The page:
MPF will hold a native plant sale on Friday, September 30, at Roeslein & Associates, Inc., 9200 Watson Road, St. Louis, MO, from 3:30 p.m. to 6:30 p.m.
Native plants beautify landscapes and help support songbirds and other cherished wildlife. Buy native wildflowers, grasses, shrubs, trees, vines, sedges, and native seed from Grow Native! professional members:
Gaylena’s Garden Missouri Wildflowers Nursery Papillon Perennials River City Natives
Shoppers can stroll through the sale and purchase plants from each vendor. Shoppers can also pre-order plants and have their orders ready for pick up at the event. All of the vendors are accepting pre-orders. When placing your pre-orders, please include your phone number and note that the order is for the Roeslein & Associates sale on September 30.
Some vendors accept cash, check, or credit cards; some only cash or checks. Shoppers are encouraged to bring their own crates or boxes for bringing their purchased plants home. Volunteers will be available to load plants into vehicles for those needing assistance.
Vendors will donate 5% of their proceeds from this sale to benefit the Missouri Prairie Foundation, and Roeslein & Associates will match this amount.
Bob and Mary Ann Schwarz are another winner of the Yard of the Month at 613 Sessions Ave. Their front yard garden can be seen easily from the street.
Their back yard is filled with mainly shade-loving plants like hosta, perennial geranium and they use Hydrangea as a hedge against a white fence. They told me that they have been working on the garden for the past fifty years, so I’m glad we can finally recognize their gardening efforts.
Also known as the Chelsea Chop, cutting back certain plants by 1/3 to 1/2 is a common practice to maintain control and size in the garden.
One of the things I’ve noticed with native plants is that when you find them in parks with poor native soils, lots of competition, no extra water other than the rain and certainly no fertilizer, they seem to maintain a diminished size. Once you buy that same plant and put it into good garden soil with compost, fertilizer, lots of space and plenty of water, the native turns from dwarf to GIANT. In the past, I end up staking many of these plants just so they don’t fall over.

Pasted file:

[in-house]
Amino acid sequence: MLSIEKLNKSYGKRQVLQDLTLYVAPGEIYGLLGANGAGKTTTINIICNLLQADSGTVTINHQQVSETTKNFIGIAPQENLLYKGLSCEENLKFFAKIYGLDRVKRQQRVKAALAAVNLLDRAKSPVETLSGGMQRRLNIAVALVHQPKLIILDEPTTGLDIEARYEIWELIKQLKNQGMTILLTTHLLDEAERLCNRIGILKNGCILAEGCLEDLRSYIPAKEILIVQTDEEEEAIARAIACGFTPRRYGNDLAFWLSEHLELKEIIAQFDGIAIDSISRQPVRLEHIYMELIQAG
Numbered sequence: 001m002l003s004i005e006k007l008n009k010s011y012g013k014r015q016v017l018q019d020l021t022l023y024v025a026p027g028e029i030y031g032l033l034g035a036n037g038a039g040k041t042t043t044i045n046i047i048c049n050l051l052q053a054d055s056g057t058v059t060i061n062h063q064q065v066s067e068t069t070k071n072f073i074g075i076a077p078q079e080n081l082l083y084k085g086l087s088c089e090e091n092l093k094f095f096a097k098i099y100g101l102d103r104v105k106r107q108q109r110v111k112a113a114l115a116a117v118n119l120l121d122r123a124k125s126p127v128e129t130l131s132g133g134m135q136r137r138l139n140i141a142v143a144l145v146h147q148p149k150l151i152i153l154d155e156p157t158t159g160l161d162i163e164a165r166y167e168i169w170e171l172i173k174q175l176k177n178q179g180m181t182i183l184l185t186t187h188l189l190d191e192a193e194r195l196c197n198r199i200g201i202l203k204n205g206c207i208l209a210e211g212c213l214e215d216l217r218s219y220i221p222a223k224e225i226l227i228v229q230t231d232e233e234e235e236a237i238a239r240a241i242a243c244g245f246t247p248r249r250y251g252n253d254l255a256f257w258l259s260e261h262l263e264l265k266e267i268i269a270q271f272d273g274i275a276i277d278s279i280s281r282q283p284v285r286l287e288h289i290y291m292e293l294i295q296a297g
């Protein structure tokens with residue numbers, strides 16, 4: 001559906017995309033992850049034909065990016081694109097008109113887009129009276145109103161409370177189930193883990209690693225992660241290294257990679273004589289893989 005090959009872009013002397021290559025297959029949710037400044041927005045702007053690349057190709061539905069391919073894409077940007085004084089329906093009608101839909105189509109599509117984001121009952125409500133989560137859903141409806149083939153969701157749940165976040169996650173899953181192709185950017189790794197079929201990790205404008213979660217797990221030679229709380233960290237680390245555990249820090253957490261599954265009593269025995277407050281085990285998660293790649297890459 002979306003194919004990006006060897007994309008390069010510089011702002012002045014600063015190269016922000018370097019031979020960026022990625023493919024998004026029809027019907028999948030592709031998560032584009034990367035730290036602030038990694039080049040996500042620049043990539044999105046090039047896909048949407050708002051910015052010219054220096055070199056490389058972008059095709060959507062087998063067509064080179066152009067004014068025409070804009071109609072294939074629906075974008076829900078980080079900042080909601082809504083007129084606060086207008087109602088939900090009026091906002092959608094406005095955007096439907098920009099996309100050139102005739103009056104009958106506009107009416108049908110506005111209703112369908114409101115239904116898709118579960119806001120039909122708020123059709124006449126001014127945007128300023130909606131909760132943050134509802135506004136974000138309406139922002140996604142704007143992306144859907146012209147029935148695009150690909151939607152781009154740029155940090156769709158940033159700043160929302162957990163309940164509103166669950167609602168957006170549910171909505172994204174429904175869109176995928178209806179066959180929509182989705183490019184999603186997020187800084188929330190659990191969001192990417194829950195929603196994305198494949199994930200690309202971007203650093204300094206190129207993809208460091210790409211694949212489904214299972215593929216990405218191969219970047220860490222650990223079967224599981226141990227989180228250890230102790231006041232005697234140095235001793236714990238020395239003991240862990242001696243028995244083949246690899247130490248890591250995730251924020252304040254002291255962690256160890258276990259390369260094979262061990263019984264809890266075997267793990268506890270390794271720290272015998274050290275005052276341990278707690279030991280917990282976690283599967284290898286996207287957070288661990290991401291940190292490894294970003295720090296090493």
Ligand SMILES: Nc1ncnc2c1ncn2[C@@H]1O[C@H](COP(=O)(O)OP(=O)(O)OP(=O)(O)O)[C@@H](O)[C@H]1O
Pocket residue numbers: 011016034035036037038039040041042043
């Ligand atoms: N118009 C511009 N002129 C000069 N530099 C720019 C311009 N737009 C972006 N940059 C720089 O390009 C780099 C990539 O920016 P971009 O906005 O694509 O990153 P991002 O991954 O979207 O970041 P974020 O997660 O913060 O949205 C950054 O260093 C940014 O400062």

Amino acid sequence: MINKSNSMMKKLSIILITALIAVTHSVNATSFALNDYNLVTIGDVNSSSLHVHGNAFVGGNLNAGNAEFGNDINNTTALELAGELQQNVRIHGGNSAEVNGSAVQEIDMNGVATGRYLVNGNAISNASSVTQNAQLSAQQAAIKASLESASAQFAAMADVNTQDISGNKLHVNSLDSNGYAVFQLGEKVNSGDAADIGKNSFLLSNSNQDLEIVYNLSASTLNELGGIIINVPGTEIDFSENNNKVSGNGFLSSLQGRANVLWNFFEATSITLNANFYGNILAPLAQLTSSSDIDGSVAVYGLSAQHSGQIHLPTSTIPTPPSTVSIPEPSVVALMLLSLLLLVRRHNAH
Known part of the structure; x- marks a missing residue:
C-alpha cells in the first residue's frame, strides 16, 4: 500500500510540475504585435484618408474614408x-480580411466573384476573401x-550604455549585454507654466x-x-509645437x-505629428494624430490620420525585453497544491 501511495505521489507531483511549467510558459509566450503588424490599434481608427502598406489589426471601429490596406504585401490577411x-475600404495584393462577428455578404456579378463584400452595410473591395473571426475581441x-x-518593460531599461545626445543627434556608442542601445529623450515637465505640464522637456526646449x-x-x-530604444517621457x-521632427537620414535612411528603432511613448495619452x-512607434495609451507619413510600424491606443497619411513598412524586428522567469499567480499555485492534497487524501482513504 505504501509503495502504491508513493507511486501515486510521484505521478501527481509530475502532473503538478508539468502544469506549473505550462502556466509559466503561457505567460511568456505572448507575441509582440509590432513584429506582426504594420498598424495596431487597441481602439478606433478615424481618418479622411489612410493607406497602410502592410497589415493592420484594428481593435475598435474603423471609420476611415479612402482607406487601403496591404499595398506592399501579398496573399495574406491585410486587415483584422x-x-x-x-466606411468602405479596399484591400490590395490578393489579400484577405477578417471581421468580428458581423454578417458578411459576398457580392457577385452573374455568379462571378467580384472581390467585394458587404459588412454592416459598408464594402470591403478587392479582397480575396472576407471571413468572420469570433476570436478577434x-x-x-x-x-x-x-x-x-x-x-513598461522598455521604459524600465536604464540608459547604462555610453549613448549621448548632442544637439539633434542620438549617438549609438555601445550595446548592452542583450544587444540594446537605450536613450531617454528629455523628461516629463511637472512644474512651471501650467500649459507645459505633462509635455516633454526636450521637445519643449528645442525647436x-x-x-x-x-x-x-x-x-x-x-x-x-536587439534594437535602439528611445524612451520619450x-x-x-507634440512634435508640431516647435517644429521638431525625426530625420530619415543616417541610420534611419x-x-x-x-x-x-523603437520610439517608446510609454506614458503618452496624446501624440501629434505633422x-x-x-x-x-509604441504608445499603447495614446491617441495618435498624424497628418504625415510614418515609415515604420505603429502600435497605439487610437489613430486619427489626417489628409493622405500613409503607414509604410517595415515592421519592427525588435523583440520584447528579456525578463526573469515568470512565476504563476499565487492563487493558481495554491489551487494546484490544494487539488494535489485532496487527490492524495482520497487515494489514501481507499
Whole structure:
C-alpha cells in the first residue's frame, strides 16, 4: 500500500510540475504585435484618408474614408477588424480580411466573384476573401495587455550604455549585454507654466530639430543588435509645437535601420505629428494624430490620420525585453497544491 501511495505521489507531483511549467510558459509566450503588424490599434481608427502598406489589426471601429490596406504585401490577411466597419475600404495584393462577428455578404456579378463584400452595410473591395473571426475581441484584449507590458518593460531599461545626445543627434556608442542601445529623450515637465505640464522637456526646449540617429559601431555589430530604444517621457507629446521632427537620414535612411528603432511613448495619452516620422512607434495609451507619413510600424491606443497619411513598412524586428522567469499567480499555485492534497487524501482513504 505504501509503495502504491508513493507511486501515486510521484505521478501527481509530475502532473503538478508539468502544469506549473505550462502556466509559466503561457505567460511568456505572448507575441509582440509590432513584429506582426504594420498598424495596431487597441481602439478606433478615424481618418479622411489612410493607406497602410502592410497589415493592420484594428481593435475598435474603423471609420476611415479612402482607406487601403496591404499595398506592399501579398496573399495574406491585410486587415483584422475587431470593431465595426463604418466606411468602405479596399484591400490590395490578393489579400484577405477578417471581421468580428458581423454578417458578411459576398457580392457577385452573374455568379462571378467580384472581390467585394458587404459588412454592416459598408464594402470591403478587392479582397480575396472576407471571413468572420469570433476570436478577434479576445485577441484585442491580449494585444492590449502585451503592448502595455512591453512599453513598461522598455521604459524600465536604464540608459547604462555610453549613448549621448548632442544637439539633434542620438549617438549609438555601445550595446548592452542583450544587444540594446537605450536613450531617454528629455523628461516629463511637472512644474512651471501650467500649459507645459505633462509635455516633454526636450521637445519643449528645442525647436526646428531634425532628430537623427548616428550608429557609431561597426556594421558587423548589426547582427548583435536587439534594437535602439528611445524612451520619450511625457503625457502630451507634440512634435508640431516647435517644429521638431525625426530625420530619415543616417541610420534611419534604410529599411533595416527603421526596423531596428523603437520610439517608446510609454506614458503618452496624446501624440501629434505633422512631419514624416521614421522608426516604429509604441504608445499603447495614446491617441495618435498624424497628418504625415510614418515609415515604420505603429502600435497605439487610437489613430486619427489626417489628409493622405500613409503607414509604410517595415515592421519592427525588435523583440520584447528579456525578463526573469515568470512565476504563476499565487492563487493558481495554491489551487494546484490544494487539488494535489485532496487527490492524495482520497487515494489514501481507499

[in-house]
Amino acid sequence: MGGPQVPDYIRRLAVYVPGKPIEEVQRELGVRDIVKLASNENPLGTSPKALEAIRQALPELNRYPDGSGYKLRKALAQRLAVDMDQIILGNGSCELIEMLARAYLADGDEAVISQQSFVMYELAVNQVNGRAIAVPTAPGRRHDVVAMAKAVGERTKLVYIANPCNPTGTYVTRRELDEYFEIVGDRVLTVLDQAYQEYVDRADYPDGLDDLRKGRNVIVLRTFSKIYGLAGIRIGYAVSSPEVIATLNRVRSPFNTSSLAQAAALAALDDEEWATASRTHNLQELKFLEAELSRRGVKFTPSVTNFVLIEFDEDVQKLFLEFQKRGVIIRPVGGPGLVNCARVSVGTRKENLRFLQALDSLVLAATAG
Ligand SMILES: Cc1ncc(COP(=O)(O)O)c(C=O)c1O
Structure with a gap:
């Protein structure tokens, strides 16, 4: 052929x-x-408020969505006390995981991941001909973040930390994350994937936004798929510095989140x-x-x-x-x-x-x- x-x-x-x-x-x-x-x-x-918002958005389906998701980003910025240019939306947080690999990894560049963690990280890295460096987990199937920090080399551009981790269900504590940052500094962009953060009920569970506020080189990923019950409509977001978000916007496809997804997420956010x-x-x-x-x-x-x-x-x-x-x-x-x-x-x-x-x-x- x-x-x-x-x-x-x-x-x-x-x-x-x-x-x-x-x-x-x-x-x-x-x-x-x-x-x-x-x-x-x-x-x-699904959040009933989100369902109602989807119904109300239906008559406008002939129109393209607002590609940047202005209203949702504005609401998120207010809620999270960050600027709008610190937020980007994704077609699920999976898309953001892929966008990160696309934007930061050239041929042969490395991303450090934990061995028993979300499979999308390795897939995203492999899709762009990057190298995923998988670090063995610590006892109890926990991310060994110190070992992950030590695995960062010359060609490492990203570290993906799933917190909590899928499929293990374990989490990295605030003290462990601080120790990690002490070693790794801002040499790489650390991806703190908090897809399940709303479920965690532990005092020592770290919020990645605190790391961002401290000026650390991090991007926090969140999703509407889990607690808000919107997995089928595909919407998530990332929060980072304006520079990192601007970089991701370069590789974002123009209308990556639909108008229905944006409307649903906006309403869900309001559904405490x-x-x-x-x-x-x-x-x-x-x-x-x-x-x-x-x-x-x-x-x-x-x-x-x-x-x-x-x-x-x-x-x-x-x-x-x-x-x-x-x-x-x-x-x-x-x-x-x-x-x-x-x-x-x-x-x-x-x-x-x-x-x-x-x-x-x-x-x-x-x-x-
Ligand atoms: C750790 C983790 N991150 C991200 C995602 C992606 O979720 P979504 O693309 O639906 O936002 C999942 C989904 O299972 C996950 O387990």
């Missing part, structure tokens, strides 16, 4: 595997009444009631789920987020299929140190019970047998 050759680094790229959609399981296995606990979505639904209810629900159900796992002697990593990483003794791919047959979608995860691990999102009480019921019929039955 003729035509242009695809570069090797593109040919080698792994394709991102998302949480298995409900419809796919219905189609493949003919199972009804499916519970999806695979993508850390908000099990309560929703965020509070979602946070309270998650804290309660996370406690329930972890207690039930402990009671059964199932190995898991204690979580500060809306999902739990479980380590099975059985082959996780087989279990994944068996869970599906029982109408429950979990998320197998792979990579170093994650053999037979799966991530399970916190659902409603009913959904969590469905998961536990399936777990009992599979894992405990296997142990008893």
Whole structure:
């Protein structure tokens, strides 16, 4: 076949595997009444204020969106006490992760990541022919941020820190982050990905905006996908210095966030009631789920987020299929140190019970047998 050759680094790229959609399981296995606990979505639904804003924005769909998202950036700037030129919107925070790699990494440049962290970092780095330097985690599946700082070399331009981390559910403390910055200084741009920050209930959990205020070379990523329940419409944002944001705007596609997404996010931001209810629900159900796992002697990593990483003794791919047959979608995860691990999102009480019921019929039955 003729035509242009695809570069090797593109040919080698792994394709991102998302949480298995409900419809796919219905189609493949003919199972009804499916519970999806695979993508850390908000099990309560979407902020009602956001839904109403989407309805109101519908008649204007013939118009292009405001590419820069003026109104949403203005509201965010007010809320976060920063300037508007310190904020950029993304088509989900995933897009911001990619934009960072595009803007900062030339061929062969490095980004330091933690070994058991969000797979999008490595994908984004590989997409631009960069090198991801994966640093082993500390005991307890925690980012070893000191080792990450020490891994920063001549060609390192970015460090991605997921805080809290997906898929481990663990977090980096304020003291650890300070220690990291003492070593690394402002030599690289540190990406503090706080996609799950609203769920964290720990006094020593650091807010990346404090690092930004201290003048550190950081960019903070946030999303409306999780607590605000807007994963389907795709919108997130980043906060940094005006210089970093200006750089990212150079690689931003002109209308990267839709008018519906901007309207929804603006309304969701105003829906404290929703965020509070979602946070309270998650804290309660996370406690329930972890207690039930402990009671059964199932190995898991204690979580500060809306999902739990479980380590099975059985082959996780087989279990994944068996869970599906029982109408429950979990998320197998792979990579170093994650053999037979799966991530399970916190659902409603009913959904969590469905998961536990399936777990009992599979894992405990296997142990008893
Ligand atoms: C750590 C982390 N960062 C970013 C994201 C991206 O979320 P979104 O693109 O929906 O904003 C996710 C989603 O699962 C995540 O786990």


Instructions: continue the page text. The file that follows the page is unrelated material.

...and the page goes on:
I am making a conscious effort this year, around May 15th, to cut back all of these giants by 1/2.
Here’s a list of plants which I plan to trim back.
Downy Skullcap (Scutellaria incana)
Echnacea purprea – Purple coneflower – only doing this with some so I can get some later blooms.
Helianthus silphioides – Silphium Sunflower – 2020 N
Heliopsis helianthoides – Ox-eye Sunflower
New England Aster
Oligoneuron rigidum – Rigid Goldenrod
Salvia – cutting back half of the plants.
Senna marilandica – Wild Senna
Solidago rigida or Oligoneuron rigidum – Rigid Goldenrod
Vernonia p. Ironweed
Veronica – cutting back half of the plants.
Here’s a video on the technique.
Technique #2 – Pinching Your Plants
Many annuals and some perennials can have more branches and blossoms by simply cutting back the main stems – called pinching since you can use your fingers to make the cut.
When you pinch the main stems, you usually force the plant to send out side shoots which will make the plant bushier and increase flower production.
Here’s a good video on the process.
Technique #3 – Chop half the plants.
I noticed one year that the bunnies had taken a liking to some of my echinacea and kept them trimmed low most of the early part of the season. While most of my echinacea bloomed normally, the bunny-trimmed echinacea bloomed later in the summer and into the fall. I thought I’d try this technique by chopping back half of my echinacea so I theoretically will have echinacea blooming all year round.